Rosann Kovalcik is the owner of Wild Birds Unlimited , Grosse Pointe Woods, MI. Her business has helped support Detroit Audubon programs through generous in-kind donations. Rosann is an inspiring conservationist in her personal life and in the operation of her business. She is the 2008 winner of Wild Birds Unlimited “Friend to the Environment” award, which recognizes a WBU franchise store owner for his or her efforts that have benefited their community environmentally. She is involved with and supports Lake St. Clair Metro Park Nature Center, Edsel & Eleanor Ford House, Whitefish Point Bird Observatory, Detroit Public Schools, and Environmental Interpretive Center at University of Michigan Dearborn.
The Greening of Detroit. The focus of The Greening of Detroit is to enhance the quality of life for Detroiters by repurposing the land to create beautiful and productive green spaces. Greening of Detroit involves Detroiters in the process through community engagement, education, and jobs. They assist neighborhood groups in forming block clubs, visioning green strategies for vacant lots, and coordinating neighborhood clean-ups, tree plantings and community gardens. The Greening of Detroit has planted more than 89,000 trees since they started putting shovels in the ground in 1989. Since 1998, the Green Corps program has hired high school students each summer to water trees and maintain city parks and greenways.
Rashida Tlaib. Rashida is the daughter of Palestinian immigrants to Detroit and eldest of 14 children. Ms. Rashid attended schools in Southwest Detroit. She earned a B.A. in Political Science from Wayne State University and a law degree from Thomas Cooley Law School. She is a former Democratic member of the Michigan House of Representatives, representing District 12 from 2009 to 2015, the first Muslim-American woman to serve as a Michigan State Representative. She is currently the Community Partnerships and Development Director for the Sugar Law Center for Economic and Social Justice. She was a fierce leader in the fight against the Pet Coke piles on the riverfront, fought state moves to allow even more air pollution in her district, the most polluted in the state including from a new Marathon refinery, and is leader of the movement for a Community Benefits Agreement requirement for major future developments in the city.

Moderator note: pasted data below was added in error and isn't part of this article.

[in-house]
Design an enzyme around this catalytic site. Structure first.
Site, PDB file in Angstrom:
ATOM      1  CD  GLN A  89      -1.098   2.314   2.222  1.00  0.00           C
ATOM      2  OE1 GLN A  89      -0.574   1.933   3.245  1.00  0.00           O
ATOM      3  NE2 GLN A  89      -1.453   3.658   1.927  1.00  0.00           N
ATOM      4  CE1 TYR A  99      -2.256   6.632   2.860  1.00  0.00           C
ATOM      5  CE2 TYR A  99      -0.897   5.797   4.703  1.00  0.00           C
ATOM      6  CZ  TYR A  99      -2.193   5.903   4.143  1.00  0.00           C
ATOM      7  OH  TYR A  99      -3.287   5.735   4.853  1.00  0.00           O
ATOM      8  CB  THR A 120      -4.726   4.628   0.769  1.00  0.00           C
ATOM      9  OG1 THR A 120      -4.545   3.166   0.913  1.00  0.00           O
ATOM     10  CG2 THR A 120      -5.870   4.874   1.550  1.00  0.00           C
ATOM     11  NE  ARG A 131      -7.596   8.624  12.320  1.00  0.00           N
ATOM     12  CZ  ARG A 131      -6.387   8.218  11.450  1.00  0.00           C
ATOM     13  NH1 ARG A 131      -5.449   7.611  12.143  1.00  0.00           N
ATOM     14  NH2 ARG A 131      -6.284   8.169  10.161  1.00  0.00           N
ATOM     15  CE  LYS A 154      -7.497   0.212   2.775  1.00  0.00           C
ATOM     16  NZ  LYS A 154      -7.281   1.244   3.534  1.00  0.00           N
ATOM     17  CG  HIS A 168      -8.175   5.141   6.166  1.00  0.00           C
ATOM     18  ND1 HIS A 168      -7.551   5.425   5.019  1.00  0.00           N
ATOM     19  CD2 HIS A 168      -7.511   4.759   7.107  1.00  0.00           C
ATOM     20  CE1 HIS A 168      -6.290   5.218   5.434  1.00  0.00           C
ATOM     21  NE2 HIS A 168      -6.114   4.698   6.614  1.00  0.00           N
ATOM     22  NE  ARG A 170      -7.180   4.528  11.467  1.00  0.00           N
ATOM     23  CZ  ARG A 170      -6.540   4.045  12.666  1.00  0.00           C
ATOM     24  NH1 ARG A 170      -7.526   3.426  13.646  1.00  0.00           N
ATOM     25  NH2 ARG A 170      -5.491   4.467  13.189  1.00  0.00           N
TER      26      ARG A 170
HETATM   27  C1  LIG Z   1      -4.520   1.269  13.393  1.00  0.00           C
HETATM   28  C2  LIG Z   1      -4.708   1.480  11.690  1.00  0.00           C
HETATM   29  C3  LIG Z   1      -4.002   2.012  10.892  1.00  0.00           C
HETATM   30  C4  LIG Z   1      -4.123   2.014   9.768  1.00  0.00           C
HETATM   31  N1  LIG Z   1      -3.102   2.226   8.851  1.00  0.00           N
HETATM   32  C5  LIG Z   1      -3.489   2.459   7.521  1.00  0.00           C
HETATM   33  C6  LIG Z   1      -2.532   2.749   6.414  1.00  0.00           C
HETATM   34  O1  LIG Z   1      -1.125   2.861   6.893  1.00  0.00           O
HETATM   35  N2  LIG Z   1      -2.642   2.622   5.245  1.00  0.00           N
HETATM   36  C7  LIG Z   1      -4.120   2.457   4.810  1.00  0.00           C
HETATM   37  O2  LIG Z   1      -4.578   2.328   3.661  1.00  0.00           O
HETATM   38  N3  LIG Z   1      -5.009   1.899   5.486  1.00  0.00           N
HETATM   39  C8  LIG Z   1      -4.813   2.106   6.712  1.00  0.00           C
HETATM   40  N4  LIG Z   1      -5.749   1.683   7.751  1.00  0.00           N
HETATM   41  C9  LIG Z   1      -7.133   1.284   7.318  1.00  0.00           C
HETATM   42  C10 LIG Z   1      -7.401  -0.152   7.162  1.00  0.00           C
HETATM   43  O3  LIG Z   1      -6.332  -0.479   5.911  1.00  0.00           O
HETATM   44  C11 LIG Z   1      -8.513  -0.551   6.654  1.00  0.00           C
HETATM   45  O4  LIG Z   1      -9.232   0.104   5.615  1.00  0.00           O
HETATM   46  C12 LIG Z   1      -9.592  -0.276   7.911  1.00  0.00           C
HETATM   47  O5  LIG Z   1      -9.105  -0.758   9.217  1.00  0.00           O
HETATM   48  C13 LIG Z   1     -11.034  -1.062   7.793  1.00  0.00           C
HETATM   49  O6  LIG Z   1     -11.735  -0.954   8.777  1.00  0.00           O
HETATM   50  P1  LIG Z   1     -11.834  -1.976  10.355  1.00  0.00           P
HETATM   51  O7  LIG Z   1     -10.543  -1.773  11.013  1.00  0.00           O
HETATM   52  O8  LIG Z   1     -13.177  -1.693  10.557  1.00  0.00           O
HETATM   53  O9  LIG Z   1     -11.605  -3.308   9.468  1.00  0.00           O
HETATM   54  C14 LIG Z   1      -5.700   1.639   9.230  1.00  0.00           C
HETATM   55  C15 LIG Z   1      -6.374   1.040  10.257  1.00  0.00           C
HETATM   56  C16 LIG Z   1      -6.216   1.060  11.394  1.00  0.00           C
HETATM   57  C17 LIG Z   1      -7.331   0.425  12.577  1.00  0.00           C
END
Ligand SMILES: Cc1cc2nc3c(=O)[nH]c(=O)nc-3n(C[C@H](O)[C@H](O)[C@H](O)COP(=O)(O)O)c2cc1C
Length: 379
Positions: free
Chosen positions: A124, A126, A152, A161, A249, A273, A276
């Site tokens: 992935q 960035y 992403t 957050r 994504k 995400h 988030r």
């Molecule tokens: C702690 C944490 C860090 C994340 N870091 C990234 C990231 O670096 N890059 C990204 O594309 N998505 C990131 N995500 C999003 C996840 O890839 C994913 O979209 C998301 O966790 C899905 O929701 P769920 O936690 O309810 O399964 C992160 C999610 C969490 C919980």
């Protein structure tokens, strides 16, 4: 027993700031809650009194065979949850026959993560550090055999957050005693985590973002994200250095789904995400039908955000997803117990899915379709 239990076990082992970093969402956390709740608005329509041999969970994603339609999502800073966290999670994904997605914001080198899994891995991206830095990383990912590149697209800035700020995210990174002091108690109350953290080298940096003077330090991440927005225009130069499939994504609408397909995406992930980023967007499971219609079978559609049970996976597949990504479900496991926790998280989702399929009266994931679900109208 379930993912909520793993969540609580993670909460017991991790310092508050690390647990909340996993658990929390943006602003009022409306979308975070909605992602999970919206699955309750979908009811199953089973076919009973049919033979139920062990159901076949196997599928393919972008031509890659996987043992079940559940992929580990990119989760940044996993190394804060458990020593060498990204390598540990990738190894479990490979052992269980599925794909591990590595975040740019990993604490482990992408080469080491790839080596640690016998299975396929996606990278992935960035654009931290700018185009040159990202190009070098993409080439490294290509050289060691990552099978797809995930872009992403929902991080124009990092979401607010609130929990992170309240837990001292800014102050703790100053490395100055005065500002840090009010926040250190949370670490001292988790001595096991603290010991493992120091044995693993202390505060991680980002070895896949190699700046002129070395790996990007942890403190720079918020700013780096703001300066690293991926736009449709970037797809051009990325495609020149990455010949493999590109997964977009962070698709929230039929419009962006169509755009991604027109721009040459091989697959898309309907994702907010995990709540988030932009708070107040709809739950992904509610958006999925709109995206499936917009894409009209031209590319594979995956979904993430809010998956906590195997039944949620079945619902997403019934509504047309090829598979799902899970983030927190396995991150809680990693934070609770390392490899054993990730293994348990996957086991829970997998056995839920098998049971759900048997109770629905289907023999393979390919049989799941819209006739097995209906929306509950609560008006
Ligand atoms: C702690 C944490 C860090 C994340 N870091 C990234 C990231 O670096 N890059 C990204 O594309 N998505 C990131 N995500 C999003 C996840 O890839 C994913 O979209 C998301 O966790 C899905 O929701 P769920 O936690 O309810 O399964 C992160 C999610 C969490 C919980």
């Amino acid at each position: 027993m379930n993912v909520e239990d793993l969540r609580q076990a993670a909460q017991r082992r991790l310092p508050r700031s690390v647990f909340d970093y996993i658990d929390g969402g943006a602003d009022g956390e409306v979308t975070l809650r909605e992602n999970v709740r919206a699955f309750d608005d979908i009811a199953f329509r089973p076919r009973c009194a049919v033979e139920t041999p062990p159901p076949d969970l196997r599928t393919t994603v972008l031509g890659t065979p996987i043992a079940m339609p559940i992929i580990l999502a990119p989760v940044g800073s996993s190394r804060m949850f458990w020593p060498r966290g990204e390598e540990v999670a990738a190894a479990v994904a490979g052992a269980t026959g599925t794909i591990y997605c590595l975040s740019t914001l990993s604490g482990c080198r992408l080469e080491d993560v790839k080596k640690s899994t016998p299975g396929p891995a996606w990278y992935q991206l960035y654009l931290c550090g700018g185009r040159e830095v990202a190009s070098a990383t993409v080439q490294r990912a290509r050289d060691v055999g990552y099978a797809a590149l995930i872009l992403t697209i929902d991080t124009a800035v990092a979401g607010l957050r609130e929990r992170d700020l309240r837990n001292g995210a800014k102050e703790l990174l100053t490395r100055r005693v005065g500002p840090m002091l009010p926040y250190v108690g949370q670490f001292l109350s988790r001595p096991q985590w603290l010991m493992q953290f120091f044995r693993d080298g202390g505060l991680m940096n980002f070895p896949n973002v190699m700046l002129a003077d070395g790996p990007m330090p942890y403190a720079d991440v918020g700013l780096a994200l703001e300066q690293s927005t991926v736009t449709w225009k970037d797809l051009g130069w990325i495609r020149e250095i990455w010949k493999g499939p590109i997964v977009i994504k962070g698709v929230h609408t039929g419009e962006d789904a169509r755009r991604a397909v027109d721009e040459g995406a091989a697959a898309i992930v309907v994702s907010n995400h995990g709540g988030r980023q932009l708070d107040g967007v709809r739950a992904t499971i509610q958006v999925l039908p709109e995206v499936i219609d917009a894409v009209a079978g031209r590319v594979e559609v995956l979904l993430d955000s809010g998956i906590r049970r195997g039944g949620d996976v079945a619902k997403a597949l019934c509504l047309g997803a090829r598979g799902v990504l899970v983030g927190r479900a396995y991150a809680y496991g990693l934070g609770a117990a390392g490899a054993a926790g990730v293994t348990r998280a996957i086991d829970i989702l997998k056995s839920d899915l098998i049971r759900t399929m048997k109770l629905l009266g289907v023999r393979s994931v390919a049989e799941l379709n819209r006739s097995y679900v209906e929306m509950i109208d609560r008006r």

Dr. Mona Hanna-Attisha is Director of the Pediatric Residency program at Flint’s Hurley Medical Center and Assistant professor of pediatrics and human development at Michigan State University College of Human Medicine. Her self-initiated research found a doubling of blood-lead levels in children after Flint switched its drinking water source. Despite her findings being denounced by state officials, Dr. Hanna-Attisha testified before Congress and continued to stand up for Flint’s children. Finally the state had to admit she was right. This last spring she was listed on TIME’s 2016 list of the 100 Most Influential People. Recently she launched a $100 million fund (flintkids.org) dedicated to the healthy development of Flint’s children. She has undertaken other efforts to meet the needs of these poisoned children as well. A lifelong environmental advocate, Mona Hanna-Attisha embodies what committed environmental action looks like.
Dr. Marc Edwards. Marc is the Charles Lunsford Professor of Civil Engineering at Virginia Tech, where he teaches environmental engineering, applied aquatic chemistry, and engineering ethics. His research group uncovered the 2001-2004 Washington, D.C. Lead Crisis and the 2014-2016 Flint Water Disaster. Time Magazine dubbed Edwards “The Plumbing Professor” in 2004, and listed him amongst the four most important world water “Innovators.” The White House awarded him a Presidential Faculty Fellowship in 1996. In 2010, he won outstanding paper in Environmental Science and Technology for research on lead in water poisoning of children in Washington D.C. In 2013, Edwards’ was the 9th recipient (in a quarter century) of the IEEE Barus Award for “courageously defending the public interest at great personal risk,” and in 2016 he was named amongst the most influential people in the world by Fortune and Time magazines.